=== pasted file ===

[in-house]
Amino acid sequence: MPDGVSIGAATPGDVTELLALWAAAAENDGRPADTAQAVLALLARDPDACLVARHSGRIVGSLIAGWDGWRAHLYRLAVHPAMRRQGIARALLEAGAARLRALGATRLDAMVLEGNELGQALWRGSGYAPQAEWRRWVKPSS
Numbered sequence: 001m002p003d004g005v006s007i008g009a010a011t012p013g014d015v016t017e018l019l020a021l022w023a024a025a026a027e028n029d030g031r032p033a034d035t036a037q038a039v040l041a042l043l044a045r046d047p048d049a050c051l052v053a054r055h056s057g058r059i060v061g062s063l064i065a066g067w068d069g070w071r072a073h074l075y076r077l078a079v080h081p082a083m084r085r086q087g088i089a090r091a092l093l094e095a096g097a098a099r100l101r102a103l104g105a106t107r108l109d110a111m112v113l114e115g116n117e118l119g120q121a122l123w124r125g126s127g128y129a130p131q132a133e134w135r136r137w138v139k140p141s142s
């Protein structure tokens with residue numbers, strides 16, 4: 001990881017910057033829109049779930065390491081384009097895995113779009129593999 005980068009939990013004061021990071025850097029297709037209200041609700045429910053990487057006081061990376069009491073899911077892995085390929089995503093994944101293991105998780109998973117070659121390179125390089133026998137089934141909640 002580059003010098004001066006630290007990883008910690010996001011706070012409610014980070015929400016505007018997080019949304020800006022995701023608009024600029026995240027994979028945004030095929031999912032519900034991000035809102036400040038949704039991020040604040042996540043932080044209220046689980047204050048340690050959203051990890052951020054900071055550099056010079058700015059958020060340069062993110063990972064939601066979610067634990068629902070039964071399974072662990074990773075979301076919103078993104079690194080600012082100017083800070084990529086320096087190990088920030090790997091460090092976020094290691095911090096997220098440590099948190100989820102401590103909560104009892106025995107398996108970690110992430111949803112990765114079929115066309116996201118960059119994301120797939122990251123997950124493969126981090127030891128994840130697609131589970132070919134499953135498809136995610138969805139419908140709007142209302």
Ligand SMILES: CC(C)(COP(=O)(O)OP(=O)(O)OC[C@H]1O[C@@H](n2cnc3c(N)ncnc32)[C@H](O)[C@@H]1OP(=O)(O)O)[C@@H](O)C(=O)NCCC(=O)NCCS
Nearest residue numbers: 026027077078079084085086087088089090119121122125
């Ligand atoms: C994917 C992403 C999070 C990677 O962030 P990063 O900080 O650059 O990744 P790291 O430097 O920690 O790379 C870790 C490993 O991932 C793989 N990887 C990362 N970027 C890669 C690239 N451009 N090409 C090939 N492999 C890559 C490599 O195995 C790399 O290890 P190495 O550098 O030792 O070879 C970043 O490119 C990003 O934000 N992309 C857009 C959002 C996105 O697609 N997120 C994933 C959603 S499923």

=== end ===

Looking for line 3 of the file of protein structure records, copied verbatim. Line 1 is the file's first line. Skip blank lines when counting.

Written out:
Numbered sequence: 001m002p003d004g005v006s007i008g009a010a011t012p013g014d015v016t017e018l019l020a021l022w023a024a025a026a027e028n029d030g031r032p033a034d035t036a037q038a039v040l041a042l043l044a045r046d047p048d049a050c051l052v053a054r055h056s057g058r059i060v061g062s063l064i065a066g067w068d069g070w071r072a073h074l075y076r077l078a079v080h081p082a083m084r085r086q087g088i089a090r091a092l093l094e095a096g097a098a099r100l101r102a103l104g105a106t107r108l109d110a111m112v113l114e115g116n117e118l119g120q121a122l123w124r125g126s127g128y129a130p131q132a133e134w135r136r137w138v139k140p141s142s